To show of 5[SUP]√2 [SUP] >7, logically.

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  • #1
ssd
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Stuck at the simple looking homework problem of my student:
To show 5√2 >7, logically.
 

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  • #2
Delta2
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Its ##5^{\sqrt2}>5^{1.4}##.

Now I suppose you aren't allowed to calculate powers other than integer powers, so you ll have to calculate 5^1.4 using the generalized binomial expansion ##(1+4)^{1.4}##. The first few terms up to 4^3 would be enough to show that ##5^{1.4}>7##.

https://en.wikipedia.org/wiki/Binomial_theorem#Generalisations
 
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  • #3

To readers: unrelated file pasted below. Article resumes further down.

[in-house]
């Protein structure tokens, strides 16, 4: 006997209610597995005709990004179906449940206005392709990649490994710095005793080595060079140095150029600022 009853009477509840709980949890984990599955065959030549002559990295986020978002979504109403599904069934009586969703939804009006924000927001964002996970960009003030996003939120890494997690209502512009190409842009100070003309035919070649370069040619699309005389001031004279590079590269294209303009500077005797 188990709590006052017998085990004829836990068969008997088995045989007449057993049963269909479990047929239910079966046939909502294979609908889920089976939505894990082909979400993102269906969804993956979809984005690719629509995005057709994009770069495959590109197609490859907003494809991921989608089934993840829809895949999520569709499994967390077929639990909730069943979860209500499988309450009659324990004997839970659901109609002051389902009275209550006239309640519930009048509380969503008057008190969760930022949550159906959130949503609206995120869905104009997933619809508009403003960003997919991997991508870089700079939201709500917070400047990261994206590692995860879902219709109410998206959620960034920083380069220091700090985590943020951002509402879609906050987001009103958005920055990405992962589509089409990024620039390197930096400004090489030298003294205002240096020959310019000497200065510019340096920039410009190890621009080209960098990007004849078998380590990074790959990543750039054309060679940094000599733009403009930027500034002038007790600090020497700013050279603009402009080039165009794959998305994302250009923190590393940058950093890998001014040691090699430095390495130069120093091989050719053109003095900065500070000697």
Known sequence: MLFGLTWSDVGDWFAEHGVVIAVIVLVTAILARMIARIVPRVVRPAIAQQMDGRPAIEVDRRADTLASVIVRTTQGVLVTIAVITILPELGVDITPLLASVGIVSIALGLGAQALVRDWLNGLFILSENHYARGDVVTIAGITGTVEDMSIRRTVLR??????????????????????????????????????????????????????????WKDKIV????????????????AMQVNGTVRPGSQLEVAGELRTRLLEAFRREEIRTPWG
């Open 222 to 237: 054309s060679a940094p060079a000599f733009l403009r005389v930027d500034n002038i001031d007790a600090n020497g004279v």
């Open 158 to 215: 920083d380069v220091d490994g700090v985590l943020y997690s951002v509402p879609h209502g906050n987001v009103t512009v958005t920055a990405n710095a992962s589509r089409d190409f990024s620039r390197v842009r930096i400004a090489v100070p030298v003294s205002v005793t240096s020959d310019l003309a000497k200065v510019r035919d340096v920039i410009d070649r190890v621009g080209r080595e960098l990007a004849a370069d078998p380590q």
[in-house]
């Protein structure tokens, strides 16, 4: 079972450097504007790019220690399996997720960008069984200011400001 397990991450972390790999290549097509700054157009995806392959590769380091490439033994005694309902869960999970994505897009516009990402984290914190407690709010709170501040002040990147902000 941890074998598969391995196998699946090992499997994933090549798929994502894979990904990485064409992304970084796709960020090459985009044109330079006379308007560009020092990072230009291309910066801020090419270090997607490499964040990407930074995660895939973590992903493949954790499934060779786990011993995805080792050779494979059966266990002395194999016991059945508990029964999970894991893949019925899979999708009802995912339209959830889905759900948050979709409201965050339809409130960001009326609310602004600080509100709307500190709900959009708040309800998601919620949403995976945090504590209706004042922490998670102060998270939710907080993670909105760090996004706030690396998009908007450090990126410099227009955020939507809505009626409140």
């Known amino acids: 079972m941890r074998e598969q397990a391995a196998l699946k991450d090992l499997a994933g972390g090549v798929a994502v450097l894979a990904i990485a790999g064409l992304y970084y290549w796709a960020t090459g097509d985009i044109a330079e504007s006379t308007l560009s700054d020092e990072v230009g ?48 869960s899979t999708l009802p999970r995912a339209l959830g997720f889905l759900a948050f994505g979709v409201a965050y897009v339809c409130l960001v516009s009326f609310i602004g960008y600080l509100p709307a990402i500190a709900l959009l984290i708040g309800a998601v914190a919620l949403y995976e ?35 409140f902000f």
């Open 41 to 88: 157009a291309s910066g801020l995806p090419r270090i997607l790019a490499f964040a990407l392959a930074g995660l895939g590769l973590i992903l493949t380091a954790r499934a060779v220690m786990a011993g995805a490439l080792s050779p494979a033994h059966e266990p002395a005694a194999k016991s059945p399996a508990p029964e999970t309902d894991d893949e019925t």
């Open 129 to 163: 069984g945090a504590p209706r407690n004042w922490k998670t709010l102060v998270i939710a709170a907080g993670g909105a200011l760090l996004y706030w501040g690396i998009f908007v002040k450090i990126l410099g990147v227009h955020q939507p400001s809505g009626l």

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Its ##5^{\sqrt2}>5^{1.4}##.

Now I suppose you aren't allowed to calculate powers other than integer powers, so you ll have to calculate 5^1.4 using the generalized binomial expansion ##(1+4)^{1.4}##. The first few terms up to 4^3 would be enough to show that ##5^{1.4}>7##.

https://en.wikipedia.org/wiki/Binomial_theorem#Generalisations
No need for that. If you want to prove ##5^{1.4} > 7##, then this is equivalent to proving ##(5^{14/10})^{10} > 7^{10}##. This should land you in the realm on the integers.
 
  • #4
ssd
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Thanks for your response. So, we can start with 2>1.96 and calculate 514 and 710. But this is not the answer I was looking for. Actually this can be done using standard inequalities (it's my guess only).
 
  • #5
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Thanks for your response. So, we can start with 2>1.96 and calculate 514 and 710. But this is not the answer I was looking for. Actually this can be done using standard inequalities (it's my guess only).
How about letting L = log base 2 and noticing:
L5√2 = √2L5 > 1.4L5 = 4(L5)/10 + L5 = (L54)/10 + L5 > .9 + L5 > ½ + L5 > L(1.4) + L5 = L(1.4•5) = L7.
 

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